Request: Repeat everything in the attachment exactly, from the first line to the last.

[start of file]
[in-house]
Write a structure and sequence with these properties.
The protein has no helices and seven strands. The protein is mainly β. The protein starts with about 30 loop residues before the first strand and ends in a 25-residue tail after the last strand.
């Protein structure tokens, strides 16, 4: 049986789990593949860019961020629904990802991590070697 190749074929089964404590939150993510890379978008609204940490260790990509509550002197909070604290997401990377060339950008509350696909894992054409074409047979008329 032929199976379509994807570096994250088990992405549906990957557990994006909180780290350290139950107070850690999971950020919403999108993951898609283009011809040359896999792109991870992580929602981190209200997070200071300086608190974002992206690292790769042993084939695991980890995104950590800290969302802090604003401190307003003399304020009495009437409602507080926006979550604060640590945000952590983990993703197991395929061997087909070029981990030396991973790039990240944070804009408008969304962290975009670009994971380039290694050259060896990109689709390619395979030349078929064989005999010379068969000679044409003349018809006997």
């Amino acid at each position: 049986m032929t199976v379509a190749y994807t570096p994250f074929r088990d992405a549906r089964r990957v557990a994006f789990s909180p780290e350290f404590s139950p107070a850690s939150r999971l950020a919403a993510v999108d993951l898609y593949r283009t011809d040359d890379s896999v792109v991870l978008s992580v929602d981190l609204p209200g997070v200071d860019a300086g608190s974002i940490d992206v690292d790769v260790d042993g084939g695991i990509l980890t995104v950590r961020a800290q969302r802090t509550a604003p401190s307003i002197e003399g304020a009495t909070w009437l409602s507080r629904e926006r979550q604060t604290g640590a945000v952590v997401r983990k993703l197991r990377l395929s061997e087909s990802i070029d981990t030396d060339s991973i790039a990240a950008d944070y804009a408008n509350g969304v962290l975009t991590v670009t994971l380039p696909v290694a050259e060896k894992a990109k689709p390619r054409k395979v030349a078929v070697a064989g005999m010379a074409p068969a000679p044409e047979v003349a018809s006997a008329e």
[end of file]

[in-house]
Write a structure and sequence with these properties.
The protein has no helices and seven strands. The protein is mainly β. The protein starts with about 30 loop residues before the first strand and ends in a 25-residue tail after the last strand.
């Protein structure tokens, strides 16, 4: 049986789990593949860019961020629904990802991590070697 190749074929089964404590939150993510890379978008609204940490260790990509509550002197909070604290997401990377060339950008509350696909894992054409074409047979008329 032929199976379509994807570096994250088990992405549906990957557990994006909180780290350290139950107070850690999971950020919403999108993951898609283009011809040359896999792109991870992580929602981190209200997070200071300086608190974002992206690292790769042993084939695991980890995104950590800290969302802090604003401190307003003399304020009495009437409602507080926006979550604060640590945000952590983990993703197991395929061997087909070029981990030396991973790039990240944070804009408008969304962290975009670009994971380039290694050259060896990109689709390619395979030349078929064989005999010379068969000679044409003349018809006997």
């Amino acid at each position: 049986m032929t199976v379509a190749y994807t570096p994250f074929r088990d992405a549906r089964r990957v557990a994006f789990s909180p780290e350290f404590s139950p107070a850690s939150r999971l950020a919403a993510v999108d993951l898609y593949r283009t011809d040359d890379s896999v792109v991870l978008s992580v929602d981190l609204p209200g997070v200071d860019a300086g608190s974002i940490d992206v690292d790769v260790d042993g084939g695991i990509l980890t995104v950590r961020a800290q969302r802090t509550a604003p401190s307003i002197e003399g304020a009495t909070w009437l409602s507080r629904e926006r979550q604060t604290g640590a945000v952590v997401r983990k993703l197991r990377l395929s061997e087909s990802i070029d981990t030396d060339s991973i790039a990240a950008d944070y804009a408008n509350g969304v962290l975009t991590v670009t994971l380039p696909v290694a050259e060896k894992a990109k689709p390619r054409k395979v030349a078929v070697a064989g005999m010379a074409p068969a000679p044409e047979v003349a018809s006997a008329e």